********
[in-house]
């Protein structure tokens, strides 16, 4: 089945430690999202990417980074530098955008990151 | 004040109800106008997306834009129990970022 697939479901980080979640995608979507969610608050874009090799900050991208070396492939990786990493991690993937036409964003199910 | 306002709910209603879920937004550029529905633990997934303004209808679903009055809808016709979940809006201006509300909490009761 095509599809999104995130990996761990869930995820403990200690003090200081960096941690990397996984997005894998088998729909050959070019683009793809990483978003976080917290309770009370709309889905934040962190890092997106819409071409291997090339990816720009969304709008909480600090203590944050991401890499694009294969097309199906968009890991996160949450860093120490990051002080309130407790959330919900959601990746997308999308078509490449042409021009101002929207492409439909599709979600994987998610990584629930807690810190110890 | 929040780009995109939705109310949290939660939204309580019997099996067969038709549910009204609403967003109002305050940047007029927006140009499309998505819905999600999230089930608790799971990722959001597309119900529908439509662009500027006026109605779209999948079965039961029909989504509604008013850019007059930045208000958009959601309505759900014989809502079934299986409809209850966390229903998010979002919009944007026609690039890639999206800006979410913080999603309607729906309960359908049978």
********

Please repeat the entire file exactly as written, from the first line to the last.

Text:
[in-house]
């Protein structure tokens, strides 16, 4: 089945430690999202990417980074530098955008990151 | 004040109800106008997306834009129990970022 697939479901980080979640995608979507969610608050874009090799900050991208070396492939990786990493991690993937036409964003199910 | 306002709910209603879920937004550029529905633990997934303004209808679903009055809808016709979940809006201006509300909490009761 095509599809999104995130990996761990869930995820403990200690003090200081960096941690990397996984997005894998088998729909050959070019683009793809990483978003976080917290309770009370709309889905934040962190890092997106819409071409291997090339990816720009969304709008909480600090203590944050991401890499694009294969097309199906968009890991996160949450860093120490990051002080309130407790959330919900959601990746997308999308078509490449042409021009101002929207492409439909599709979600994987998610990584629930807690810190110890 | 929040780009995109939705109310949290939660939204309580019997099996067969038709549910009204609403967003109002305050940047007029927006140009499309998505819905999600999230089930608790799971990722959001597309119900529908439509662009500027006026109605779209999948079965039961029909989504509604008013850019007059930045208000958009959601309505759900014989809502079934299986409809209850966390229903998010979002919009944007026609690039890639999206800006979410913080999603309607729906309960359908049978």